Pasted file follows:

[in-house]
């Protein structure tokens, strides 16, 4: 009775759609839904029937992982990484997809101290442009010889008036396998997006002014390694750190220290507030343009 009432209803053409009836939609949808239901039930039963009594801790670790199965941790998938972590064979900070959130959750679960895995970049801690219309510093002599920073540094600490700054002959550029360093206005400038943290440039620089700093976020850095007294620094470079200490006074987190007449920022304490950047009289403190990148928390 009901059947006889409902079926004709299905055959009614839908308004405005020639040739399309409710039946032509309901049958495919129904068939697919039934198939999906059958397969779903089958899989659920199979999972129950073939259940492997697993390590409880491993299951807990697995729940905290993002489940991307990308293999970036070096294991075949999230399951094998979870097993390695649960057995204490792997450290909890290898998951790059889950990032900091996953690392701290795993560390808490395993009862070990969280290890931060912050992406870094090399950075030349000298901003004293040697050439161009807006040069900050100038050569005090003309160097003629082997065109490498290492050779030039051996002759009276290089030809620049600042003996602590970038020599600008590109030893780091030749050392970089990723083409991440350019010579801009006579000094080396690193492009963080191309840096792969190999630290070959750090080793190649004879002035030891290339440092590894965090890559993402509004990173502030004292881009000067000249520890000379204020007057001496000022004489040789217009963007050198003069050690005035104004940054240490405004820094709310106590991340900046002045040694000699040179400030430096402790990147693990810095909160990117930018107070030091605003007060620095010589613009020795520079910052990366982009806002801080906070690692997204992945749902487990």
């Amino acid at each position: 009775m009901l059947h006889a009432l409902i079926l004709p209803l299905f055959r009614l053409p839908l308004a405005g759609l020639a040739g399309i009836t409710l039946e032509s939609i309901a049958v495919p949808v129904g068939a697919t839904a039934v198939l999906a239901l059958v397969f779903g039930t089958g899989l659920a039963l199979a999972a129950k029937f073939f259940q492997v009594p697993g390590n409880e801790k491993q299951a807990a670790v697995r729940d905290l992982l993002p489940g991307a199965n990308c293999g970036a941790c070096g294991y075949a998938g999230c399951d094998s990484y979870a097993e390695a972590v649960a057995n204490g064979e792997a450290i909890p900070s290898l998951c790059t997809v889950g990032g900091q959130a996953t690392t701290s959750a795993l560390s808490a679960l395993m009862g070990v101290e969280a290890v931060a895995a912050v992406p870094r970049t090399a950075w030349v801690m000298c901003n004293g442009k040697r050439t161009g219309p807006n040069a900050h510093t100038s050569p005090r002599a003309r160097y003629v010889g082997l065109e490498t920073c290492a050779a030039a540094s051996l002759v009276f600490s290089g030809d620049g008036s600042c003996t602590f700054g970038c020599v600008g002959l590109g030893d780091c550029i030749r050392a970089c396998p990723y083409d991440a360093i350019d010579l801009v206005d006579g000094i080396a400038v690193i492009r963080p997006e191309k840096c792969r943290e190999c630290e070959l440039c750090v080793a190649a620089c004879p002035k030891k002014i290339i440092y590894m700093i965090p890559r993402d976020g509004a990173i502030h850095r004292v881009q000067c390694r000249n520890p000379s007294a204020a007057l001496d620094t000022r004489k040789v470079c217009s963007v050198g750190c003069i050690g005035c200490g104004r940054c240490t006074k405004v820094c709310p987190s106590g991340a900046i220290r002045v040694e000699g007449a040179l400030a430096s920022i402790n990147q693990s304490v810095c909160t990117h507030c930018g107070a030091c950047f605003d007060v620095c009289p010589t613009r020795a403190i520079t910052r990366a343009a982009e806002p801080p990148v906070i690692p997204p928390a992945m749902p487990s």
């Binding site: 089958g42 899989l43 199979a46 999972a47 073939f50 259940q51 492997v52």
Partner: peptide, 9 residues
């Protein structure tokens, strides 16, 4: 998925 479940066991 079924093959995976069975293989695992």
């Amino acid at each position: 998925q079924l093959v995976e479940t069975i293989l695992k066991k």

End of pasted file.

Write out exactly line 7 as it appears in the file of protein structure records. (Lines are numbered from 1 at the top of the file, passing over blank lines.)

């Amino acid at each position: 998925q079924l093959v995976e479940t069975i293989l695992k066991k």